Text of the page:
Ravioli - Ραβιόλες
Updated: Jun 9, 2020
Ravioli or Ravioles as they say here in Cyprus made the Cyprus way with a filling of halloumi cheese or sometimes with Easter cheese. Easy, but time consuming, but then you have not only for today but also for a next time or next times. First some background information: Ravioli (Italian pronunciation: [ra'vjo:li]; singular: raviolo) are a type of pasta comprising a filling enveloped in thin pasta dough. Usually served in broth or with a sauce, they originated as a traditional food in Italian cuisine. Ravioli are commonly square, though other forms are also used, including circular and semi-circular (mezzelune). ref: Wikipedia
The Cyprus Ravioles date probably back to the Venetian times, traditionally prepared with a filling of Halloumi cheese, eggs and dry mint. Mrs. Amalia made them using leftover Easter cheese instead of Halloumi cheese. She did not use a ravioli cutter as I do in the recipe below, but used a glass, I find the cutter is better for obvious reasons, cuts better with less power and makes bite size Ravioli, but there is nothing wrong with using a glass or a cutting wheel. Feel free to use your imagination. The important thing is to have a strong but manageable dough and use any filling you desire. Personally I love Ravioles cooked in homemade chicken broth with lots of grated Halloumi on top! Give it a try, you will never go back to Ravioli from the store!
For the dough
600 gr village flour
100 gr farina 00
45 gr olive oil
300 - 325 ml water
For the filling
300 gr halloumi
1-2 teaspoons dry mint
1-2 spoons farina 00
For this dough it is best to use a machine with a dough hook as the dough needs to be a strong one.
Add all ingredients for the dough in the mixer bowl and kneed with the hook for about 10 minutes, add the water in stages in order that the dough does not become too soft, some flours need more water, some less depending on their quality.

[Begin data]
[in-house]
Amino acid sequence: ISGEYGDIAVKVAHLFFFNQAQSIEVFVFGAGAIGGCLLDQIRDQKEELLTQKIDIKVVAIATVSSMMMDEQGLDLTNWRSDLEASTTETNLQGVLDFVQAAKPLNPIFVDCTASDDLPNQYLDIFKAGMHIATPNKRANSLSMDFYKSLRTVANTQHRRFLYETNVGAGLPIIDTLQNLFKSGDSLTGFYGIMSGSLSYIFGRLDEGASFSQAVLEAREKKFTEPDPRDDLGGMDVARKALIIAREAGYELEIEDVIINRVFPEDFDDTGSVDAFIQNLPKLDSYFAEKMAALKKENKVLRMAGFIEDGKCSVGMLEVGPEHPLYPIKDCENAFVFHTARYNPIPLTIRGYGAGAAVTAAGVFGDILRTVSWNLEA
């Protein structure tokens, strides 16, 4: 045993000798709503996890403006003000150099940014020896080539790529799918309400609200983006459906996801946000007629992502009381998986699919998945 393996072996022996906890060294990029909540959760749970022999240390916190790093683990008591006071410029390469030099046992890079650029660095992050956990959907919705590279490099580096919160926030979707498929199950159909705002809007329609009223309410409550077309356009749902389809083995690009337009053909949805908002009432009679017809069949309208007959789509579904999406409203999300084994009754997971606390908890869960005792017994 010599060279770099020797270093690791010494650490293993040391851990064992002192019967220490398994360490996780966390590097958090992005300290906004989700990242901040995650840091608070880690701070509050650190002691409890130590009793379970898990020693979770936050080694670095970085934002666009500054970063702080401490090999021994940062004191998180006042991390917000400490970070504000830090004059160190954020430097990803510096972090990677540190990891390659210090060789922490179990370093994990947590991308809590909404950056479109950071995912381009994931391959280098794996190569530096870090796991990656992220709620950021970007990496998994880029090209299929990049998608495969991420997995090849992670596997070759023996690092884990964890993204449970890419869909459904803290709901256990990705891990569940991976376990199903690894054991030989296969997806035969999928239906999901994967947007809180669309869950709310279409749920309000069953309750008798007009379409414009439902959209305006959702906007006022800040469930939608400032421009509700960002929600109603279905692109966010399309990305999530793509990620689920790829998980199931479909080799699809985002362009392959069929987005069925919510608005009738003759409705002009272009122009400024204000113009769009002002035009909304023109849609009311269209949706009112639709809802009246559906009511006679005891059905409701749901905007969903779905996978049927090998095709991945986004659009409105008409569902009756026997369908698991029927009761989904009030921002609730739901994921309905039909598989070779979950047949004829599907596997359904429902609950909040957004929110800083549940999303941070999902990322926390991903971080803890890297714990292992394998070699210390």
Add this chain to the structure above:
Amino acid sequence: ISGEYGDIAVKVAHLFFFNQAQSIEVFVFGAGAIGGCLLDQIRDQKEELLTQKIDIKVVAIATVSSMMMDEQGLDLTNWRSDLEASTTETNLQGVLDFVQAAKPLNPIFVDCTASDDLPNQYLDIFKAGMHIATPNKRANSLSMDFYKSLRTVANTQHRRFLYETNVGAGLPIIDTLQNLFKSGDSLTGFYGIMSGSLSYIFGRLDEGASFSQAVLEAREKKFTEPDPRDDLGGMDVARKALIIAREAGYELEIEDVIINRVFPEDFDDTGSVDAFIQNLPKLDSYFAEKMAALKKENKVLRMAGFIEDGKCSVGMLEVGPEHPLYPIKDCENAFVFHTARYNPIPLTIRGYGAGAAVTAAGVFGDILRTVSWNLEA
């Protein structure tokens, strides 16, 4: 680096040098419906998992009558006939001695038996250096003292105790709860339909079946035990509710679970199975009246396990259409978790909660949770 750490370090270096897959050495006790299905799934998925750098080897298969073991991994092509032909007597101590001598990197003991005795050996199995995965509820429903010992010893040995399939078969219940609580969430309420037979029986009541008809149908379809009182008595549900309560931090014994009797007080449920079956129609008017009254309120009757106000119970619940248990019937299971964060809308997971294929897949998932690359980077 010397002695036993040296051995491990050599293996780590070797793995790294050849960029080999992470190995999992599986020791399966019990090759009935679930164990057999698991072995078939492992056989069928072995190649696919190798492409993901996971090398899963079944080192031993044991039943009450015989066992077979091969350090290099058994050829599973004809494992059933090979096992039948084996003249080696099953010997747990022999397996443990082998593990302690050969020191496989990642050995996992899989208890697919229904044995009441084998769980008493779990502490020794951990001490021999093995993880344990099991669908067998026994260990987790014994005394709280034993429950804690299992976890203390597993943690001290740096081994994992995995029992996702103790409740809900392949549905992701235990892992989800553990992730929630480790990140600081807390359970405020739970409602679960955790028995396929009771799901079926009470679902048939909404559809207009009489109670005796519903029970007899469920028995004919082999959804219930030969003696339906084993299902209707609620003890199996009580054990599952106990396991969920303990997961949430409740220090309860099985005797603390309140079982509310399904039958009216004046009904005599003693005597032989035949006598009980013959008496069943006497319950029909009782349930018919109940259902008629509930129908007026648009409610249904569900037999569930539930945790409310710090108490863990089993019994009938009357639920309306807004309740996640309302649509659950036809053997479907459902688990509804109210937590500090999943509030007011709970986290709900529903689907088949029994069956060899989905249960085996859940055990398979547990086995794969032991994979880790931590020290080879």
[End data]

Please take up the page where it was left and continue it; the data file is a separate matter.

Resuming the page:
Wrap the dough in clingfilm and rest for at least half an hour.
In the meantime grate the Halloumi by hand or in the kitchen machine.
Add the eggs and mint and mix all ingredients.
Add 1 or 2 spoons of flour to the mixture. When hard Halloumi is used the mixture may need another egg as the egg will be absorbed by the hard and dry Halloumi where with fresh Halloumi you may need some more flour. Make sure the mixture does not become to dry.
Cut a piece of the dough and wrap the rest again in the clingfilm as to prevent from drying out. Press the dough slightly by hand or with a rolling pin in order to make it easier to pass through the pasta maker. The pasta maker in the picture is a manual one, electrical ones are also available in the market. Pass the sheet through the machine each time turning it to a thinner position. No 3 is thin enough for the Ravioli, should not be too thin as they will fall apart whilst cooking. Sprinkle a little flour on the sheet front and back before passing through the pasta maker.
Place little heaps of filling on the sheet with little space between them.
Fold over the edge of the sheet.
Ready for cutting the Ravioli.
Place the cutter over the filling and press well.
If necessary push the Ravioli out of the cutter and place them on a dish dusted with a little flour.
This recipe is good for more or less 140 Ravioli. At this point they can be frozen. Cover the Ravioli with aluminum foil and freeze overnight. The next morning place them in a plastic container or a freezer bag. Depending of course how big your appetite is, but generally 20 Ravioli are fine per person.
You will find that there is a lot of leftover sheets which can be used for tagiatelle or spaghetti using the same pasta maker and its tool. Kneed small pieces of dough by hand and pass through the machine 2-3 times on the thickest position folding it double each time in order to make it smooth and then start passing it through on a thinner position. Make nests of the tagiatelle and freeze in the same way as the Ravioli.
The Ravioli need about 15 minutes to cook, taste and cook to your liking.
Enjoy! - Καλή όρεξη!